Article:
Peterson: Found note sparks memories
By Harry Peterson
for the Salisbury Post
This is far from the beginning of this story, or should I say a very small part of a story that I may never know the beginning or the end.
My part started the morning of March 10. It was a typical day for me, working my way home from Virginia to Salisbury.
There was one thing one my mind that morning other than the drive home, and that was a wonderful, sweet friend of mine, Nancy Christensen, was back in Minnesota at a funeral for her brother who died over the weekend of a sudden heart attack.
It put their whole family in great sorrow and I felt a heavy heart for the family members and friends who had gathered there that morning to deal with their grief and say their condolences.
I have found myself more sensitive to other people’s grief and sorrow over the years. I don’t know why. Maybe my age, or maybe learning from my wife to care more for other people, or maybe becoming more mature in my 50s.
Either way, the tears have flowed more for me in the last few years than during my entire life over sad events, friendships and sometimes things I’ve missed in my own life.
I made it home late that day and did my usual routine of unloading, unpacking, kissing my wife, petting our dog and checking my work messages. Dinner came and went. At that point the family dog, Prince, looked at me with those big, brown eyes and I knew it was time for his nightly routine. When we left the house it was already dark, and we would always walk on one side of the street though the neighborhood and back home on the other side.
On our way back home is where my story turns. I glanced at Prince leading the way and noticed something off to the right of him lying on the ground. As we got closer and it came into view, it looked at first like some sort of gift-wrap ribbon with a note.
At first I thought it was some trash that got blown away from someone’s yard on garbage day. I don’t know why, curiosity I guess, but I bent down to pick it up and give it a quick glance. I read it very briefly on both sides. It had a child’s name on it, and it looked like a birthday card or birthday wish from his mother.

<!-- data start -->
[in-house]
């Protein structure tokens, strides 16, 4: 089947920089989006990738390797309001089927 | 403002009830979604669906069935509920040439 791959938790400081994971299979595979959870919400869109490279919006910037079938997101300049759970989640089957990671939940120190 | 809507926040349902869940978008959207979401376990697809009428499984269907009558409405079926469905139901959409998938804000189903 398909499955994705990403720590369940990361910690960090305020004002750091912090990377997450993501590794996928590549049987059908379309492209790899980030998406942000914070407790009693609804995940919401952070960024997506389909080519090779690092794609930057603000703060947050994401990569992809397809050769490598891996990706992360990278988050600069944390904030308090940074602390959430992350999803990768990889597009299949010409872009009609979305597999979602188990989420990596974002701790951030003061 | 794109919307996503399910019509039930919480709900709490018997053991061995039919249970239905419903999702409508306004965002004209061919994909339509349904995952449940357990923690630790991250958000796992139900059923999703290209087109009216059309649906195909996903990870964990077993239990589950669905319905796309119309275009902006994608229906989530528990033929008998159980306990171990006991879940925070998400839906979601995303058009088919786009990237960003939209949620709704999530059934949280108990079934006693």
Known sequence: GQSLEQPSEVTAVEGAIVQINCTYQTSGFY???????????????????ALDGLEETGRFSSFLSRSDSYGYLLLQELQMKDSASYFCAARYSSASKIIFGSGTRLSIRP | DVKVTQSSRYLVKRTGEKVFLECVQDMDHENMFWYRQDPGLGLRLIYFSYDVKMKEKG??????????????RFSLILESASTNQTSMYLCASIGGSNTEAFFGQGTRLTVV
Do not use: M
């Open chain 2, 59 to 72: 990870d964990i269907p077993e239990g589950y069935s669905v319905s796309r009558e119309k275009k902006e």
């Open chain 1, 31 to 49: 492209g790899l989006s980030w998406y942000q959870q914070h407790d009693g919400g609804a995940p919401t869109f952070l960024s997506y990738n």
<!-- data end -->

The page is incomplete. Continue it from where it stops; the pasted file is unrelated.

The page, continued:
Just a piece of paper that littered my way. I placed it back on the ground, and yes I know I should have thrown it away at home since it was trash, but for that I’m sorry. I started to walk again and was about 50 feet away and it hit me hard what I had just read. I turned and went back and picked it up again and read it a second time with much wider eyes.
The note said: “Happy Birthday Mattman! I wish you were here with us. You are always on my mind and forever in my heart. You’d be 14 today … a teenager. I wish with all my heart you are happy & are at peace. Love you so much My Mattman. Love Momma.” It had a picture of a broken heart.
At the other end of the note, attached to the ribbon, was a deflated black balloon. I realized in a split second what I was holding in my hands.
It felt like a wave of emotions flowed over me for the second time in one day.
“Why me?” I asked myself. I pictured a loving mother writing a heartfelt note to her dead son, getting into her car and driving to the store to get a helium-filled balloon with a black curling ribbon.
The memory of my mother with a pair of scissors, scraping them along that ribbon to curl it and make bows for gifts at Christmastime came to mind. Funny how being at the site of something else brings old memories back.
I finished my walk home with Prince, holding my find like a sacred scroll from the Bible. I really didn’t know how to act. I walked in our home and handed it to Carolyn and said, “Just read what I found on the way home.” I walked around the corner into the laundry room and broke down like a baby, not being able to stop the tears.
I felt the sorrow of all the people at the morning service of my dear friend saying her last words to her brother at his funeral, and also the sadness of a loving mother who missed her son, and all she wanted to say was, “I love you and I miss you Mattman.” One more time, she released her balloon into the heavens so her son might read the love his mother still had for him.
Life: Enjoy it with all your heart. Hug your family members and friends. Tell them, “I love you.”
I never get tired hearing that in my life. Life really does go by quickly, so do what you can to help others.
Death. It comes to all of us, and every day is a treasure to behold. Death is needed so that we can live on forever.
Sorrow: Sometimes we need it to feel human. It is a test of our well being and strength to give us more understanding of ourselves. I have learned in my life that time does help heal all wounds and sorrow. Remember, true friends and family are there to help you and each other through times of trouble.
Peace: Something we are all looking for and hope we find someday. How will we know? Maybe we get it a piece at a time. Maybe for me a small piece would be to meet Mattman’s mother or just to know my friend in Minnesota is happy and her heart is mending. If this story touches someone’s heart, I’m glad, my job of writing it was a success. My heart was touched twice that day.